Iowa's first in the nation precinct caucuses are a function of the political parties. The Auditor's Office does not conduct the caucuses, report results, or play a direct role. However, since the caucus process involves voter registration, precincts, and choosing our nation's highest elected official, we receive many questions about the caucuses.
Delegates to the national conventions that nominate each party's presidential candidate are elected in a process that begins here in Iowa at the grass-roots caucus level. Each party will conduct caucuses in Iowa's 1,997 precincts, at sites ranging from rooms in public facilities to private homes. The attendance record was set in 1988, when 125,000 Democrats and 109,000 Republicans participated.
The caucuses are scheduled for January 19, 2004. The Democrats and Republicans have both scheduled the caucuses for 6:30 p.m., a change from the traditional 7:00 start time. (Under Iowa law, only the officially recognized parties hold caucuses. At present only the Democrats and Republicans have party status; the Greens lost party status following the 2002 general election. Details)
Iowa's first in the nation place in the presidential nomination process came about in the late 1960s and early 1970s at a time of opposition to the Vietnam War.
After the 1968 Democratic National Convention, during which there were intense protests of the war, the Democrats appointed a commission headed by Senator George McGovern to review the nomination process. New rules called for more meetings, better notification, lengthier procedures, and more participation and discussion.
In order to accomplish this and hold their state convention in June as required by state law, Iowa Democrats scheduled their 1972 caucuses in late January. This placed the Iowa caucuses ahead of the New Hampshire primary, which had been the nation's first presidential contest for many decades.
In 1972, McGovern ran for president and finished second in the Iowa caucuses. His unexpected strong showing was seen as a de facto victory. McGovern went on to win the Democratic nomination.
In 1976 Iowa Republicans for the first time held their caucuses on the same night as the Democrats. A little known former Georgia governor finished second to "uncommitted" in the Democratic caucuses. In the years since Jimmy Carter won the presidency, the Iowa caucuses have been the first significant contest in both parties.
Iowa's first in the nation caucuses have generated controversy. Critics say too much attention is paid to a relatively small state that does not represent the nation as a whole. Supporters say campaigning in Iowa is one-on-one with voters, and forces candidates to do more than just broadcast television commercials.
Past Caucus Results
In both parties, a caucus participant must be a resident of the precinct and be at least 18 years old as of November 2, 2004. Participants must actually attend the caucus in the precinct in which they live - there is no absentee voting. In addition, participants must be registered to vote with the party whose caucus they are attending. Both parties allow participants to register, update their registration, or change party on caucus night. The parties are then responsible for returning the voter registration forms to our office.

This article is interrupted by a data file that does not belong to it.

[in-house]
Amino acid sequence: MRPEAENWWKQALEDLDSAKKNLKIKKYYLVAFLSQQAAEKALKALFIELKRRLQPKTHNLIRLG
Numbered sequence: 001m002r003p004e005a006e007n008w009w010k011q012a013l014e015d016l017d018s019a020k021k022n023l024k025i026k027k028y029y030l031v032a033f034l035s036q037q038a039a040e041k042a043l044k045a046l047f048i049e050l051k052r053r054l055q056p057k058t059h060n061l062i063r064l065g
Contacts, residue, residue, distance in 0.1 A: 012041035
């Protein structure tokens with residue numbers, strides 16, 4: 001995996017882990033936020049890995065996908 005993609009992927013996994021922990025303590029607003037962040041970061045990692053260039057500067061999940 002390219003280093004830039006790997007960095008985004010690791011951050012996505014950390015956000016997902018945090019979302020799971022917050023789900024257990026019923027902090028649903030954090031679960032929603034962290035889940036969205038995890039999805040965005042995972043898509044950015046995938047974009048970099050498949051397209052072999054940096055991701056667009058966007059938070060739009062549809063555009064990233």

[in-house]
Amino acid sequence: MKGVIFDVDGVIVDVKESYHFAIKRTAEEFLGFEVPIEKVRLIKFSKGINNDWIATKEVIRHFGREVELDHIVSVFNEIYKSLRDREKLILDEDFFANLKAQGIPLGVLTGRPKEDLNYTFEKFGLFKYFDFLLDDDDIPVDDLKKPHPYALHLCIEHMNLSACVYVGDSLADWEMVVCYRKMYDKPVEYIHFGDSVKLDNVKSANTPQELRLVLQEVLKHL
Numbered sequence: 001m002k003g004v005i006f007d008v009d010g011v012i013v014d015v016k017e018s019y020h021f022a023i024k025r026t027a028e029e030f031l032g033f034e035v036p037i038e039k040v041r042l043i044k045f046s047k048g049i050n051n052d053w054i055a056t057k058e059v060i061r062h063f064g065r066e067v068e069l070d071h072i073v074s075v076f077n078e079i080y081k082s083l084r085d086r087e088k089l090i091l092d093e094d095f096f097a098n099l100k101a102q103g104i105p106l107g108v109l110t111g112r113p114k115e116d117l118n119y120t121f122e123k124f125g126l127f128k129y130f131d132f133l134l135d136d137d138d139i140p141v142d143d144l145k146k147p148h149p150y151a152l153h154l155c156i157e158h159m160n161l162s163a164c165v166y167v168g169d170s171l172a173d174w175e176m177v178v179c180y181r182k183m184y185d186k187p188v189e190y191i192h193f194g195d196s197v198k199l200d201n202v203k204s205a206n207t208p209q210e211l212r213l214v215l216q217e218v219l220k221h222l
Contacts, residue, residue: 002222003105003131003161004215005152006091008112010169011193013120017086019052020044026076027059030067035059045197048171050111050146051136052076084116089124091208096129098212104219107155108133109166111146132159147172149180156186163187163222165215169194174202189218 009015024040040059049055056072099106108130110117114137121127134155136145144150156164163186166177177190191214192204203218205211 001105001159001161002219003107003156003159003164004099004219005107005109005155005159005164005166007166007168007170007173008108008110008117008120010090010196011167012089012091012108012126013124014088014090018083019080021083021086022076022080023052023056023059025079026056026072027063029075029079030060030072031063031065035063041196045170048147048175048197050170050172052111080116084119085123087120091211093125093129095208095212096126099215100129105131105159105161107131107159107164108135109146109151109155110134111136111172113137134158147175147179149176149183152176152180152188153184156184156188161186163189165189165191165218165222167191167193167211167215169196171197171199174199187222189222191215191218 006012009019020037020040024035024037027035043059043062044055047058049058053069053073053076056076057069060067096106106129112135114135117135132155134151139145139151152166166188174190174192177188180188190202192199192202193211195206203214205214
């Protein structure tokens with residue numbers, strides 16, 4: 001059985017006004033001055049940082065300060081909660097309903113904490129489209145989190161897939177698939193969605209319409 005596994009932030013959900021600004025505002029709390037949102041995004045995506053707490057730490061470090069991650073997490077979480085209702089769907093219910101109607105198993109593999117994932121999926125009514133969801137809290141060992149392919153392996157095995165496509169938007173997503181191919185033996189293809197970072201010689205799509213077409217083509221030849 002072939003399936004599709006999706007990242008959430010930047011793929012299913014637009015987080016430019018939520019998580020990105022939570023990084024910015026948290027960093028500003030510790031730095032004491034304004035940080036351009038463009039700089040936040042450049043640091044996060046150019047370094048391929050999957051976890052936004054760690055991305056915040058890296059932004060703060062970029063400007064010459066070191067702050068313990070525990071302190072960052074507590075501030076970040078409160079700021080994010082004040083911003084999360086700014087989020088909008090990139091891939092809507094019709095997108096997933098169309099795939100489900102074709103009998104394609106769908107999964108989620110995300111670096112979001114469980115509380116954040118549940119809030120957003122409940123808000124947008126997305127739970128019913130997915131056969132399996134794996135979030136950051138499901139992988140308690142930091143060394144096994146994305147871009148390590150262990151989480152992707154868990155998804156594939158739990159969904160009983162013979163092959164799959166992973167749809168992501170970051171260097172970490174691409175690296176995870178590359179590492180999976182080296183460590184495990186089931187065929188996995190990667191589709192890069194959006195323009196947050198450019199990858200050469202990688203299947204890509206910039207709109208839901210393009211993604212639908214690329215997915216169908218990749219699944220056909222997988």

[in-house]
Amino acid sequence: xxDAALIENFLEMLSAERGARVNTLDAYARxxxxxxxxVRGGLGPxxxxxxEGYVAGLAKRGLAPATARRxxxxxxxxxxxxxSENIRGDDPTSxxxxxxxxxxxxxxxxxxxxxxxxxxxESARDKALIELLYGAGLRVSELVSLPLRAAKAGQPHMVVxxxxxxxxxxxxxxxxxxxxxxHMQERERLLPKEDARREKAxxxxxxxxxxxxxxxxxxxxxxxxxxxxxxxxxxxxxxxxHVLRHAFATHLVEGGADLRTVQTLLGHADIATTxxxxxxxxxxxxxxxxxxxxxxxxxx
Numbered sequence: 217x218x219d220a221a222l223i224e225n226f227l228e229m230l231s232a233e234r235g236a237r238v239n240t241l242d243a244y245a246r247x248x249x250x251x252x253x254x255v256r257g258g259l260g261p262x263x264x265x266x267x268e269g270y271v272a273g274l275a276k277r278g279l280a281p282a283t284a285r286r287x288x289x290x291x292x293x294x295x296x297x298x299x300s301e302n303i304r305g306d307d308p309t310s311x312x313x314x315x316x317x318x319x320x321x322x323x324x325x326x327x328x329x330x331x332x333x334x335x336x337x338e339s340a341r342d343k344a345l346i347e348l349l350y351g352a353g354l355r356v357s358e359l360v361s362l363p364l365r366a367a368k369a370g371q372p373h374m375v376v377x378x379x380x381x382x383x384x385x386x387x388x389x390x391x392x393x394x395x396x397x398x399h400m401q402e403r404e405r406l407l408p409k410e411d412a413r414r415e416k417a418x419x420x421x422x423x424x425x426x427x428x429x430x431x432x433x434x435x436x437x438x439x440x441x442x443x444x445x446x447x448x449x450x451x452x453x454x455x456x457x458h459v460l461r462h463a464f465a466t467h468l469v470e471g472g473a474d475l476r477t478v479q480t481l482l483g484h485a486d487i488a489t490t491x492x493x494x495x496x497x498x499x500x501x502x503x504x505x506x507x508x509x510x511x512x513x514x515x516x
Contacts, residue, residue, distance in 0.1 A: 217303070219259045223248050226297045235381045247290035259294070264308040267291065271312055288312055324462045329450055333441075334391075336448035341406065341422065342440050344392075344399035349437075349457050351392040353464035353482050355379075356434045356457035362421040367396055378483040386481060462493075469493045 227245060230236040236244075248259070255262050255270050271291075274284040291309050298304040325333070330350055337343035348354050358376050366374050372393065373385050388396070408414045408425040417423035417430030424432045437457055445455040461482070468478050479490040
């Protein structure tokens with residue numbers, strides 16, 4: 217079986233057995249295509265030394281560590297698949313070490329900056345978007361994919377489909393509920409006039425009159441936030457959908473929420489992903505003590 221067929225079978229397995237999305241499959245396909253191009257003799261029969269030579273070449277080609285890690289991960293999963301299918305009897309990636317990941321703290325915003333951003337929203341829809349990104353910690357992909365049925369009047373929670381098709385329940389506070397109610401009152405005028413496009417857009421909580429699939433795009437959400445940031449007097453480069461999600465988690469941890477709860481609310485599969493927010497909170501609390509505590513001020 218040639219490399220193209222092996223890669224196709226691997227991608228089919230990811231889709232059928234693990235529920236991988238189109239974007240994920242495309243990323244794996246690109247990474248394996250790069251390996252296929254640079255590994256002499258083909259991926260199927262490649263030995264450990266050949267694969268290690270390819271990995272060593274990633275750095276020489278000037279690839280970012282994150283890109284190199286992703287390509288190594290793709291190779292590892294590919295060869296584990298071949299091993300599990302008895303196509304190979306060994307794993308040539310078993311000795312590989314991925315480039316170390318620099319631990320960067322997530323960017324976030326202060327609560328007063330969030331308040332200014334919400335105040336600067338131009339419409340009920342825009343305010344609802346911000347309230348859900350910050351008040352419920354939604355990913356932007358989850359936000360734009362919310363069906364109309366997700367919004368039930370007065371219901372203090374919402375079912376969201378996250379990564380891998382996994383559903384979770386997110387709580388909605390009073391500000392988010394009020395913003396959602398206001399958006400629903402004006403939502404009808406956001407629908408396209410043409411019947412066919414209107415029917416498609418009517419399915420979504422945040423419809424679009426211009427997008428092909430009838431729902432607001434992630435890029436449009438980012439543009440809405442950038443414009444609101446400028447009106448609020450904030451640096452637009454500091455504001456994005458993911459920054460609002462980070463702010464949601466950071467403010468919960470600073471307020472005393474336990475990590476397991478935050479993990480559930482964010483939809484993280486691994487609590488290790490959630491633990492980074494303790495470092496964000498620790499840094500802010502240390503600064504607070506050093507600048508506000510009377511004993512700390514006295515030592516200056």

Guests may attend the caucus to observe but may not participate. Both parties have youth participation programs for persons who will not be 18 by November 2, 2004; contact the parties for details.
Both parties discuss issues and candidates, choose party precinct officers, and elect delegates to the party's county convention, usually held in March. County conventions elect delegates to congressional district and state conventions, which elect national convention delegates. The national conventions formally nominate the party's presidential candidate.
The number of county convention delegates elected from each precinct is determined by each party, based on how many votes the party's candidates received in that precinct in recent elections.
The two parties elect their county convention delegates differently.
Republicans conduct a straw poll for President by secret ballot in years when the nomination is contested. In 2004, the Iowa Republican party will not conduct a straw poll.
The whole caucus then elects delegates and alternates to the county convention.
Sample Republican Caucus (updated 1/14/04)
Democrats elect their county convention delegates by presidential preference group, rather than by the whole caucus. At the time delegates are elected, the caucus splits up into preference groups - supporters of each candidate gather in different parts of the room. There is no secret ballot and no straw poll.
A presidential preference group must have at least 15% of the precinct's total number of caucus attendees in order to elect county convention delegates.
Participants are allowed to regroup if their candidate has too few supporters to choose a delegate or if they decide to support another candidate.
More specific details on caucus procedure are at caucus2004.org, the Iowa Democratic Party's caucus web site.
Sample Democratic Caucus
After the caucuses are completed, county parties report their results to state party headquarters in Des Moines. The state parties then report their results to the news media. Republicans report a vote total from the straw poll (if one is taken). Democrats do not report vote totals and instead report numbers of county convention delegates elected.
As of January 19, 2004. All headquarters are closed, and many candidate websites are no longer active.
Less well-known candidates, possible candidates, and candidates of other parties may be found at politics1.com
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